Michael Alexander sends highlights from the recent Urbanarium discussion, provocatively titled “The Single-Family Zone Is Dead. What Next?”
Planner/developer Michael Mortensen gave every audience member a T4 tax receipt with their “income” shown – in proportion to income levels in Metro B.C.
He had the audience stand and, as he read off each income from low to high, those people sat down. At $200,000, the remaining few left standing represented the fewer than eight percent of Vancouverites who could qualify for a single-family home purchase, if they spent 40% of their gross household income on shelter.
If your gross income is $85,000 a year, you can afford a home costing $647,619. A typical Vancouver single family house costs $1.3 million. Double your income, and you’re still priced out.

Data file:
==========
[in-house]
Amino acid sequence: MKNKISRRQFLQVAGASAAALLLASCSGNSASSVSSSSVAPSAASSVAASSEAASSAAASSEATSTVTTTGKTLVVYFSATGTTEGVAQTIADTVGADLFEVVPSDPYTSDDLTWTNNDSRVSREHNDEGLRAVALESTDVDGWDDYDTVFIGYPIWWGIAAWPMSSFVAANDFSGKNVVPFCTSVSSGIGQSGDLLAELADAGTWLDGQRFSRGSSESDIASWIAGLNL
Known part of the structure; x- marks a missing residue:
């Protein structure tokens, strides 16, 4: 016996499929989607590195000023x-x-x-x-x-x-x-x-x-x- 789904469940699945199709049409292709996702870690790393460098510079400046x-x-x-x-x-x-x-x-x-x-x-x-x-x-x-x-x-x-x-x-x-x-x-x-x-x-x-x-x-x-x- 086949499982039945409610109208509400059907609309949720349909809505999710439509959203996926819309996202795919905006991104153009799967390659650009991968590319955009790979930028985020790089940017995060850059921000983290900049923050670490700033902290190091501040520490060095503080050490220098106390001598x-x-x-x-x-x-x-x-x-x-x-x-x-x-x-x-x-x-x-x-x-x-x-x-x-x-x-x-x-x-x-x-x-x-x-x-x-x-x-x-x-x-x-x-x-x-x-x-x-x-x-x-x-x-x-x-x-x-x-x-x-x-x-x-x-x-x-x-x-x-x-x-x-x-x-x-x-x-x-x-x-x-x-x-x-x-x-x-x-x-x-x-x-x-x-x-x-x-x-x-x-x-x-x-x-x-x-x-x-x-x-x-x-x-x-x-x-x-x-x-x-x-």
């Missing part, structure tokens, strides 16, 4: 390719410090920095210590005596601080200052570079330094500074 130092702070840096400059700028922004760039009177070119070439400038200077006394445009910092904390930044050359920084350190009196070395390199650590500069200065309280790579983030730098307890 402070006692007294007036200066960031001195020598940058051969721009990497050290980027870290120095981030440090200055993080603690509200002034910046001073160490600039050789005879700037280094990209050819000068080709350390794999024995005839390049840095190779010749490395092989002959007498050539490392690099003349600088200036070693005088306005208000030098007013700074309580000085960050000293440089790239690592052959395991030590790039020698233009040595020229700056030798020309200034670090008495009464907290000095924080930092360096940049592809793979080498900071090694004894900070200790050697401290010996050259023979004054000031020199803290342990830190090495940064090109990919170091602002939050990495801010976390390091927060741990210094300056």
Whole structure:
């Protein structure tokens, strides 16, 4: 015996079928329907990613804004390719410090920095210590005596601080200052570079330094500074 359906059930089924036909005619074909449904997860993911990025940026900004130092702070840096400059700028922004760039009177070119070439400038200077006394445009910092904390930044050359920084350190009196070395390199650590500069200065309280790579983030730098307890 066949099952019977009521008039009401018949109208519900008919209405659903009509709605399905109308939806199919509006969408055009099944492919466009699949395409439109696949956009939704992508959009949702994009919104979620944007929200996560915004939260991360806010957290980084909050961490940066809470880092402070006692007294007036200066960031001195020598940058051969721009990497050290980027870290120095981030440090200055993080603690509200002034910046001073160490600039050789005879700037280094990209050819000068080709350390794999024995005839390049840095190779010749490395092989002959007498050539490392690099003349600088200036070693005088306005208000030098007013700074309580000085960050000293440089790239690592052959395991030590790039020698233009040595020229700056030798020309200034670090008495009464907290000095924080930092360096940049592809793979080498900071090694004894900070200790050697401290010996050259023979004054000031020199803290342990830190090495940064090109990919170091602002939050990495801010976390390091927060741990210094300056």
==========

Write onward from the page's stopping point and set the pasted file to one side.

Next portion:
Coquitlam Mayor Richard Stewart, member and past Chair of Metro Vancouver’s Regional Planning Committee, worrisomely noted that while the metro region has an urban containment boundary, “many new councillors haven’t bought in” to the concept. He said that councillors in neighbouring Port Moody recently disapproved a 400-unit townhouse project next to a transit station.
(Port Moody isn’t alone. The District of West Vancouver voted down, 5-2, affordable housing and a senior daycare centre on city-owned land, and essentially gave the planning decision back to the land’s neighbours.) Read more »